IM Graphite News in Brief 15 – 21 January

By Laura Syrett
Published: Thursday, 21 January 2016

Syrah finds recarburiser graphite buyer; Alabama completes battery testing and pulls out of graphene.

Australian explorer Syrah Resources Ltd has signed a statement of sales intent (SSI) to supply graphite to Hiller Carbon LLC, which provides carbon materials to North American electric arc furnace steel producers, among other customers in the paper, foundry, lime, polymer and chemical sectors.

The SSI is valid for a five-year period, with prices for Syrah’s graphite negotiated on an annual basis. Hiller intends to purchase 25,000-35,000 tpa graphite from Syrah’s Balama project in Mozambique, for use as a natural recarburiser.

Hiller will also be granted exclusive rights to sell the Balama recarbursier within the US, Canada and Mexico. The companies intent to investigate the potential for using Balama material in other applications.

TSX-listed Alabama Graphite Corp. has completed downstream lithium-ion (Li-ion) battery tests on coated spherical purified graphite (CSPG), produced from flake graphite from the company’s Coosa Graphite project in Alabama, US.

A total of 60 CE2016 Li-ion half-cell batteries were produced in the US using Alabama Graphite’s CSPC as a material component.

Test results demonstrated that the company’s graphite responded well in CR2016 Li-ion battery coin cell performance testing, achieving near theoretical electrochemical performance.

"The test results confirm Alabama Graphite’s potential midstream capability to manufacture and tailor Li-ion battery anode grade graphite in order to create value-added products to meet highly demanding downstream customer specifications," the company said.

Alabama Graphite also said this week that it is not planning to pursue the graphene business any further, until a major commercial application for the nanocarbon emerges.

In Africa, ASX-listed Magnis Resources Ltd also announced positive test results on the suitability of graphite sourced from its Nachu graphite project in Tanzania as anode material for Li-ion batteries.

A first cycle efficiency rate of 97.1% was achieved, equating to a loss of only 2.9%, which the company said is an improvement of 42% over synthetic graphite. A surface area (BET) of 4.09 m2/gt and tap density of 0.87 g/cc combined with the first cycle efficiency was also achieved.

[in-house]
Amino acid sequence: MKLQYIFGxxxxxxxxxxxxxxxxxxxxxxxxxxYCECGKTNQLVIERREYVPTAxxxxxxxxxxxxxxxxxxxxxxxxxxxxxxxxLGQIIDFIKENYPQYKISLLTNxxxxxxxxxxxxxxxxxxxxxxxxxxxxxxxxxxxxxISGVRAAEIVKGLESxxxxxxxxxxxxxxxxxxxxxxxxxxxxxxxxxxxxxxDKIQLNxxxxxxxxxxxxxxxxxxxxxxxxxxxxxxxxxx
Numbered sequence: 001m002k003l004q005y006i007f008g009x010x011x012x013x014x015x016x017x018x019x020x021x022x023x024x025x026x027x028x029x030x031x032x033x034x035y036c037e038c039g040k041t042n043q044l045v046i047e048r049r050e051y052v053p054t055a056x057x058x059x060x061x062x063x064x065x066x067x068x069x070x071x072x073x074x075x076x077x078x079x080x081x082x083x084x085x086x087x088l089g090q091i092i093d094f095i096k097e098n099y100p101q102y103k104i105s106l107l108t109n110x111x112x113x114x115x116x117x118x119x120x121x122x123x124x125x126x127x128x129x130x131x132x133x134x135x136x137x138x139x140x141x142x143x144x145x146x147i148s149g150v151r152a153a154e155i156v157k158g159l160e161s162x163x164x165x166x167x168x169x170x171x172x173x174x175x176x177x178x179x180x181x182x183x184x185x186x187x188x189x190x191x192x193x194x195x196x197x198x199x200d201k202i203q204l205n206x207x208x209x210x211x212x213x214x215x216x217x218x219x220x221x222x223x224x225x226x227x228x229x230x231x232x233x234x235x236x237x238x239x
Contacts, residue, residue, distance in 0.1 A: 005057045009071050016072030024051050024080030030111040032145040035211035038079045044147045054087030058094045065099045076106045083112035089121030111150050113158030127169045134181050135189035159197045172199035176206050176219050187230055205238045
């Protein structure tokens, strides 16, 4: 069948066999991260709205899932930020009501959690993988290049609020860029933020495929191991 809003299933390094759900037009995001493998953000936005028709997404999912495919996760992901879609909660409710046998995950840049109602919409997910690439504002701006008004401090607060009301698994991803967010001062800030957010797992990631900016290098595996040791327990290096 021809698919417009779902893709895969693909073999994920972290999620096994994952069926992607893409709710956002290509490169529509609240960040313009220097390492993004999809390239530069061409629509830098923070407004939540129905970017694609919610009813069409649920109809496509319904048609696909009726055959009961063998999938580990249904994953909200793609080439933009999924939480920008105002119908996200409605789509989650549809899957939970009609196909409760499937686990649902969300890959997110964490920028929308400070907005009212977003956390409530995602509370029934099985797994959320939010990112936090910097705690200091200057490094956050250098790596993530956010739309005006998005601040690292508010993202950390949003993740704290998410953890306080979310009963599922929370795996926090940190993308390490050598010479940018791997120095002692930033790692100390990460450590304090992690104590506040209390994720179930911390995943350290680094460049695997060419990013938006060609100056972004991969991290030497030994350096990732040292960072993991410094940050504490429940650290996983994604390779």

Tests were carried out in North American laboratories using Nachu graphite concentrate as a feedstock, and micronised coated Nachu graphite upgraded to 99.8% TGC without chemical or thermal purification.

"The results confirm that graphite from the Nachu project has the potential for high end energy and power applications like Li-ion batteries used in the electric vehicle market," Magnis said.

South African resources financier Nedbank has offered Australia-based Kibaran Resources Ltd up to $30m in additional funding for the company’s Epanko graphite project in Tanzania.

The company recently lodged indicative terms and conditions for a senior debt financing deal with German bank KfW IPEX-Bank for up to $40m.

Start-up financing for Epanko has been estimated at $77m, and the company has already secured 10-year offtake agreements with German conglomerate ThyssenKrupp and 10,000 tonnes with a European graphite trader.

Elsewhere in Tanzania, fellow Australian explorer, Black Rock Mining Ltd, has said it will focus on its core Mahenge graphite project, choosing not to exercise an option to purchase the Bagamoyo prospects.

According to the company, a drill programme on the Bagamoyo zone in December yielded poor results, failing to find significant intervals of graphite mineralisation.

Exploration work at the Mahenge prospect meanwhile has facilitated the discovery of significant intervals of graphitic gneiss, including a 123 metre graphitic zone.

A scoping study has now commenced Mahenge, as recent drilling and ongoing metallurgical work are expected to lead to a maiden graphite resource next month. 

The Ontario Ministry of Environment in Canada has approved an amendment to TSX-V-listed Great Lakes Graphite Inc.’s air/noise permit for the company’s Matheson Micronisation Facility, which the company is in the process of commissioning in Ontario.

Great Lakes is now fully permitted and has all the required approvals from the Ontario government, local aboriginal communities and the community of Matheson to proceed with the project.

It is aiming to start production of micronised graphite this quarter, for supplying a regional customer base.

In Australia, Hexagon Resources Ltd has released the results of metallurgical tests on samples from the company’s McIntosh graphite project, which is located in East Kimberley in Western Australia.

Diamond core assays yielded grades ranging from 4% C to 6% C over intersections of up to 62 metres.

The company is planning to release further bulk scale metallurgical results over the coming weeks.

Finally, Vancouver, Canada-based Graphite One Resources Inc. has completed and closed the first tranche of its Canadian dollar (C$) 600,000 ($420,470*) non-brokered private placement.

The company has issued 4.8m units at a price of C$0.09/unit for a total of C$424,090 pursuant to the closing of the placement, with each unit consisting of one common share and one transferable common share purchase warrant.

Each warrant allows the holder to buy an additional common share of the company at C$0.12/share on or before three years from the closing date.

Net proceeds of the offering will be used for the exploration and development of the company’s Graphite Creek project in Alaska, US, and for general working capital purposes.

*Conversion made January 2016



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